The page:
Rarely does a hot rodder get a second chance at owning the same car twice. Even more rare is when the opportunity presents itself to get back two of your previous Camaros. We don't know the exact odds of that happening, but we're guessing it's probably somewhere be between zero and none. Just don't tell that to Randy Johnson, owner of D&Z Customs in Kewaskum, Wisconsin. The freakishly lucky g-Machine muscle car builder got not one, but two Camaros back in his life—cars he may have missed, but never thought he'd ever own again.
It started in 2001 when constant engine issues prompted Randy to sell his '70 RS. "I had owned the second-gen since 1996. It was a big-block car and no matter what engine combination I went with, I ended up rebuilding it every fall," Randy tells. "At one point I even had a ProCharger on it, but it still blew up!"
Frustrated, Randy chalked it up as time to move on and he listed the car in a few local auto sales papers. The only response came from a guy who was hoping to trade Randy a low-mileage Hugger Orange '99 Camaro SS for his problematic classic. "He brought the car over on a flat bed hauler," Randy remembers. "And from looking at only the exterior when he pulled in, it appeared to be as clean as he had described—maybe even a little better. And with only 11k on the odometer, it was in pretty much brand-new condition." Before Randy knew it, the '70 Camaro that Car Craft magazine had once dubbed Orange Peeler, would leave on the very same hauler on which the '99 had arrived. "As I watched my '70 go off in the distance, it suddenly hit me that I had just made a huge mistake. But it was too late. The deal was done."
To relieve his momentary sickness, he fired up the '99 and took it for a rather spirited drive on some backcountry roads near his home. "‘Wow!' I thought to myself," perked Randy. "This car is a blast. I was clutch-dumping at nearly every stop sign leaving posi marks from First and Second, and even chirping the tires into Third."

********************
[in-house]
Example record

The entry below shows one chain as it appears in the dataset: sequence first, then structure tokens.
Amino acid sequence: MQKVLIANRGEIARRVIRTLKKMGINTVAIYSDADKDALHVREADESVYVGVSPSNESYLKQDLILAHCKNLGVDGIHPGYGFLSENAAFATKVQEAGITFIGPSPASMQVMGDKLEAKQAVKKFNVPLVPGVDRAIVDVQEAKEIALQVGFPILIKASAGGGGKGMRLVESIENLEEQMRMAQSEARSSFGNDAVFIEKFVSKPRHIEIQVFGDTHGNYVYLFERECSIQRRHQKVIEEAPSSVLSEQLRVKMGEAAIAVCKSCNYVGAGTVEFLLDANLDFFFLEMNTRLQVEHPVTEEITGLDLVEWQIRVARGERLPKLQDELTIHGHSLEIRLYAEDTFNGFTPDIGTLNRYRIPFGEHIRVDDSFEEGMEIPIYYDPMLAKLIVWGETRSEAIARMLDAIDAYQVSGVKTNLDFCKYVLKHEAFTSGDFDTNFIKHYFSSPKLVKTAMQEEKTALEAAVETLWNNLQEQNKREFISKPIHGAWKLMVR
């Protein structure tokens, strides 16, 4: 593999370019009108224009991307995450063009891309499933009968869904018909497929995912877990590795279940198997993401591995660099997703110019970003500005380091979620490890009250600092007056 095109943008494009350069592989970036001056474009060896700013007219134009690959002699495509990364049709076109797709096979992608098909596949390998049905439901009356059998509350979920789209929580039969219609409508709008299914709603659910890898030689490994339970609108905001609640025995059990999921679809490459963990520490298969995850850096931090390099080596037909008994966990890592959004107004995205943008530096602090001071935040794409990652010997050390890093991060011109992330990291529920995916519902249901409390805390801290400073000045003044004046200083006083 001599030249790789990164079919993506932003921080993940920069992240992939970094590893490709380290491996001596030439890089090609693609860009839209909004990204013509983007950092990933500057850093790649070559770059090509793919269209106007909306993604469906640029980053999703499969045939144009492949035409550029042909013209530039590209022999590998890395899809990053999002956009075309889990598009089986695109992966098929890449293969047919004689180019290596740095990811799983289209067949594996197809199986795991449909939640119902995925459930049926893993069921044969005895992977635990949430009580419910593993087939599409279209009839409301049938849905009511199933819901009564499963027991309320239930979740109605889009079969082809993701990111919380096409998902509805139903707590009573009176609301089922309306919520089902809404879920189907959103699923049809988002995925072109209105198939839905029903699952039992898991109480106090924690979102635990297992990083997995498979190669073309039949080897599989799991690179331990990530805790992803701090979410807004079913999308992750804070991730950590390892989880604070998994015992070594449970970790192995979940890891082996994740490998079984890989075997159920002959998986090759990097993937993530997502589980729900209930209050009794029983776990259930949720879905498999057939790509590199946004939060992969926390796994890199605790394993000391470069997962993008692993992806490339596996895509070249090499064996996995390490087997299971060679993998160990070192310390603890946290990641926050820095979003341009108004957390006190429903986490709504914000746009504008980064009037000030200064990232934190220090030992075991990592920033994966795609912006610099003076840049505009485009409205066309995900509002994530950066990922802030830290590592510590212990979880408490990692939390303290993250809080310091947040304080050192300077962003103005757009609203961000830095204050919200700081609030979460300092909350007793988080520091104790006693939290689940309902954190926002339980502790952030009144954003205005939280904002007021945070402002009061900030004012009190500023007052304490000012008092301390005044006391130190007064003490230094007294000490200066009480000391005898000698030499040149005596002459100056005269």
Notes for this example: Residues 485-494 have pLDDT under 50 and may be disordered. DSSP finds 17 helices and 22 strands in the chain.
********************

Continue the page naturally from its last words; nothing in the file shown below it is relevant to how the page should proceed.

With Randy enjoying the power, torque, and reliability of the LS1, it gave him the idea to put that sort of engine dependability and horsepower in an old Camaro.
He attempted to track down his old '70 in hopes of buying it back to carry out his first LS conversion. But with no luck on that front he instead performed the LS install on a rolling '67 he came across. The build also consisted of upgraded suspension components to accompany the modern drivetrain. Unfortunately, that meant selling off the '99 in order to fund the first-gen upgrades. With the '67 a hit, he ended up converting a few other classics to LS power for interested buyers. Those projects got the wheels rolling on D&Z Customs, Randy's performance shop dedicated to muscle car, g-Machine and Pro Touring builds. Still missing the '70 and making long strides with his LS conversions, he knew that '70 would be the perfect canvas for LS power. Out of the blue, a friend informed Randy his orange '70 was up for grabs on eBay. Randy called the seller, struck a deal, and headed out to Iowa with a borrowed trailer to haul the car home.